Commonly known as Austin Dobson, was an English poet and essayist.
He was born at Plymouth, the eldest son of George Clarisse Dobson, a civil engineer, of French descent. When he was about eight, the family moved to Holyhead, and his first school was at Beaumaris in Anglesey. He was later educated at Coventry, and the Gymnase, Strasbourg. He returned at the age of sixteen with the intention of becoming a civil engineer. At the beginning of his career, he continued to study at the South Kensington School of Art, in his spare time, but without definite ambition. In December 1856 he entered the Board of Trade, gradually rising to the rank of principal in the harbour department, from which he retired in the autumn of 1901. In 1868, he had married Frances Mary, daughter of the ...
Just for a space I met her –
Just for a day in the train!
It began when she feared it would wet her,
That tiniest spurtle of rain:
So we tucked a great rug in the sashes,
And carefully padded the pane;
And I sorrow in sackcloth and ashes,
Longing to do it again!
Then it grew when she begged me to reach her
A dressing-case under the seat;
She was “really so tiny a creature,
That she needed a stool for her feet.! ”
Which was promptly arranged to her order
With a care that was even minute,
And a glimpse – of an open- worked border,
And a glance – of the fairyest boot.
Then it drooped, and revived at some hovels –
“Were they houses for men or for pigs? ”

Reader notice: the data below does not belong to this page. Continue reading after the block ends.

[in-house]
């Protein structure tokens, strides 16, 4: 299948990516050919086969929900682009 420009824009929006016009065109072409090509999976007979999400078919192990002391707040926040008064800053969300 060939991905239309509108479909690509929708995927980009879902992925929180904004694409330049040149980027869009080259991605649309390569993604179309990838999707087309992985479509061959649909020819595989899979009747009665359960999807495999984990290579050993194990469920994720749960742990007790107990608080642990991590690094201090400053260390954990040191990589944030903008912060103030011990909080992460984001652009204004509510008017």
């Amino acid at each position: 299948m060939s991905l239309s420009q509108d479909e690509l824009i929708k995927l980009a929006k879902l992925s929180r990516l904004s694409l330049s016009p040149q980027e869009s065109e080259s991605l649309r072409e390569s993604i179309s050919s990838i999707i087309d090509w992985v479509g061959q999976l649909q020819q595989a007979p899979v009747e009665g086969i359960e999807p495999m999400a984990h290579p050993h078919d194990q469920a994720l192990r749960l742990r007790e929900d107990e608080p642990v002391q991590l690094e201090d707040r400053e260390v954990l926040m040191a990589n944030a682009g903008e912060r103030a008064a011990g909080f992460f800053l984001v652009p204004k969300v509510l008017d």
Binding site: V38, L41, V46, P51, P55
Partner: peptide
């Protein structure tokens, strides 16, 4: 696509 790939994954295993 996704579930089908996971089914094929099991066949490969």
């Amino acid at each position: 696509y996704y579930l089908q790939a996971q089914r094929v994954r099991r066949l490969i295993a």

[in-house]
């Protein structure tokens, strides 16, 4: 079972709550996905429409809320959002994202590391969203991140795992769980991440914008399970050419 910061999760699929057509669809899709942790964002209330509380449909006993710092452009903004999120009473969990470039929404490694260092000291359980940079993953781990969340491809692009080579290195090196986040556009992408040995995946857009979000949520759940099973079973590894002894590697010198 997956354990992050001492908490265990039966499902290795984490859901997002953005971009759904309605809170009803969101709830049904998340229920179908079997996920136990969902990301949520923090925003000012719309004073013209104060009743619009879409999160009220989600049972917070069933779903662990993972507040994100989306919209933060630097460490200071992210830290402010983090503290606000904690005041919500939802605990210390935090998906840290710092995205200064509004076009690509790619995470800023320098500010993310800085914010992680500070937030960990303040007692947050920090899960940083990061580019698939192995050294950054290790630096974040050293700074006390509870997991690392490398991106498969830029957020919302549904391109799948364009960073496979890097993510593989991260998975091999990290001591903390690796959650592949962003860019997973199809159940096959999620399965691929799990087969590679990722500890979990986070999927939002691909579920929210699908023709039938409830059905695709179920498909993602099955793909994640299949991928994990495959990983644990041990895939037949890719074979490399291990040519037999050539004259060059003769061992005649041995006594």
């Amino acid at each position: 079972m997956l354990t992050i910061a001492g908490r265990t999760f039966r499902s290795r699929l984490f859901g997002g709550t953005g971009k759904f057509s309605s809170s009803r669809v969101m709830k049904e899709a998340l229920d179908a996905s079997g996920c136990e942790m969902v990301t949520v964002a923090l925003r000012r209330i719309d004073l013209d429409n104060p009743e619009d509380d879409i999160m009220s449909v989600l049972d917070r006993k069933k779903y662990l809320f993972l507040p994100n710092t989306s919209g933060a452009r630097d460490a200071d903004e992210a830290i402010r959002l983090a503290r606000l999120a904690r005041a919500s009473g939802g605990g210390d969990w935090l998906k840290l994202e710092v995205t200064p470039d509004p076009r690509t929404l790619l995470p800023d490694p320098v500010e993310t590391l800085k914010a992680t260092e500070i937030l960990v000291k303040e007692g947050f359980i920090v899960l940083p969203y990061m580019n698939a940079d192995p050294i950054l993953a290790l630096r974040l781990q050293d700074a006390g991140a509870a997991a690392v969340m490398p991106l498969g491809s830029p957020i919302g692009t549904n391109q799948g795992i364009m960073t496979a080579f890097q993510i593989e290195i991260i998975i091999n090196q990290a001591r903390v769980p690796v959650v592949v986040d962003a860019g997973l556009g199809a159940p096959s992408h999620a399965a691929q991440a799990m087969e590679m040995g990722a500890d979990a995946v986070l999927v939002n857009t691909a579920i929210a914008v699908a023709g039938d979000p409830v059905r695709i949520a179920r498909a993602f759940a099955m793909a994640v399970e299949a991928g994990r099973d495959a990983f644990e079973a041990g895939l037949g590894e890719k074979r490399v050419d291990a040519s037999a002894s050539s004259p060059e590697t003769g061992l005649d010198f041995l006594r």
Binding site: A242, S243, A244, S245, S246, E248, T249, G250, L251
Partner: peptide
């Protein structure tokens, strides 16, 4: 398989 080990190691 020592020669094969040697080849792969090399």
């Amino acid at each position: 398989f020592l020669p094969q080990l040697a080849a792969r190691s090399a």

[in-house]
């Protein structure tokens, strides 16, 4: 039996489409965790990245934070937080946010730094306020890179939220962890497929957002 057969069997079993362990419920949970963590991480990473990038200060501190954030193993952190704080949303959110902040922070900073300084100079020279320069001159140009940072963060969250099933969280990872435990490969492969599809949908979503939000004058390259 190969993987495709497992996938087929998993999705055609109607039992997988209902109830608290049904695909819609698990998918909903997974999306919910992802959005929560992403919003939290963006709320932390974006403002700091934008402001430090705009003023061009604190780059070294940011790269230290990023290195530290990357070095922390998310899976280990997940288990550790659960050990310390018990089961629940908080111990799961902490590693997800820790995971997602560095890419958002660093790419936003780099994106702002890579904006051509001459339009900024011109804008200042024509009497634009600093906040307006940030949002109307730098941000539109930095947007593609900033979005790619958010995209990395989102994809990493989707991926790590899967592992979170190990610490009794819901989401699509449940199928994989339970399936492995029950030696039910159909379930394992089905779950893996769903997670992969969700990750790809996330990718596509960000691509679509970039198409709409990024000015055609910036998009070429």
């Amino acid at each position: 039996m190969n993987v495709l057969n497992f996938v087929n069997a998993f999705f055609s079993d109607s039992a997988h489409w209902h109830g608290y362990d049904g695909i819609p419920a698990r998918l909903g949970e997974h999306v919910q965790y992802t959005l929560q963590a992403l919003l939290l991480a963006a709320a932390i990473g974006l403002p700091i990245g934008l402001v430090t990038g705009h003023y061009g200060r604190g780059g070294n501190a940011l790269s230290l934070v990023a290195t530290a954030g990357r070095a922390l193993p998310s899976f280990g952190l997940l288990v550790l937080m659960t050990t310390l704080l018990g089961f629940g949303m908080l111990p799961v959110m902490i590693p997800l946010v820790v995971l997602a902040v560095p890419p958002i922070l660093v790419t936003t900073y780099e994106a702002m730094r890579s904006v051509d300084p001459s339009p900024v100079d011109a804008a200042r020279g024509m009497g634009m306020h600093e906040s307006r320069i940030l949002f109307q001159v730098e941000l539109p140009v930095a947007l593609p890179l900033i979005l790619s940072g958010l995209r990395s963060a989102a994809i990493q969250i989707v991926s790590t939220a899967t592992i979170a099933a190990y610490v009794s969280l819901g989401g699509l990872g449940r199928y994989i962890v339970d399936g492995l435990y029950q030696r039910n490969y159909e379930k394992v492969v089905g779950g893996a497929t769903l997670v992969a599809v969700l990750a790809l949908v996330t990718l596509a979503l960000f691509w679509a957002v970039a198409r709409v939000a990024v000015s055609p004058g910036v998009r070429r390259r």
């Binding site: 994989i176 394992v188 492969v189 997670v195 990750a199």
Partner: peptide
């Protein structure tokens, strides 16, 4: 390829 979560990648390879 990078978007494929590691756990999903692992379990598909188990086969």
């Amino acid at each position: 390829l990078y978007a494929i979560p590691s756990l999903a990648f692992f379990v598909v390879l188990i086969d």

Then it shifted to muscular novels,
With a little digression on prigs:
She thought “Wives and Daughters” “so jolly”;
“Had I read it? ” She knew when I had,
Like the rest, I should dote upon “Molly”;
And “poor Mrs Gaskell – how sad! ”
“Like Browning? ” “But so-so.” His proof lay
“Too deep for her frivolous mood,
That preferred your mere metrical soufflé
To the stronger poetical food;
Yet at times he was good – “as a tonic”;
Was Tennyson writing just now?
And was this new poet Byronic,
And clever, and naughty, or how?
Then we trifled with concerts and croquet,
Then she daintily dusted her face;
Then she sprinkled herself with “Ess Bouquet”,
Fished out from the foregoing case;
And we chattered of Gassier and Grisi,
And voted Aunt Sally a bore;
Discussed if the tight rope were easy,
Or Chopin much harder than Spohr.
And oh! The odd things that she quoted,
With the prettiest possible look,
And the price of two buns that she noted
In the prettiest possible book;
While her talk like a musical rillet
Flashed on with the hours that flew,
And the carriage, her smile seemed to fill it
With just enough summer – for Two.
Till at last in her corner, peeping
From a nest of rugs and of furs,
With the white shut eyelids sleeping
On those dangerous looks of hers,
She seemed like a snowdropp breaking,
Not wholly alive nor dead,
But with one blind impulse making
To the sounds of the spring overhead;
And I watched in the lamplights’s swerving
The shade of the down-dropped lid,
And the lip-line’s delicate curving,
Where a slumbering smile lay hid,
Till I longed that, rather than sever,
The train should shriek into space,
And carry us onward – for ever –
Me and that beautiful face.
But she suddenly woke in a fidget,
With fears she was “nearly at home”,
And talk of a certain Aunt Bridget,
Whom I mentally wished – well at Rome;
Got out at the very next station,
Looking back with a merry bon soir,
Adding, too, to my utter vexation,
A surplus, unkind Au Revoir.
So left me to muse on her graces,
To doze and to muse, till I dreamed
That we sailed through the sunniest places
In a glorified galley, it seemed;
But the cabin was made of a carriage,
And the ocean was Eau-de-Cologne,
And we split on a rock labelled MARRIAGE,
And I woke, - as cold as a stone.
And that’s how I lost her – a jewel,
Incognita – one in a crowd,
Not prudent enough to be cruel,
Not worldly enough to be proud.
It was just a shut lid and its lashes,
Just a few hours in a train,
And I sorrow in sackcloth and ashes,
Longing to see her again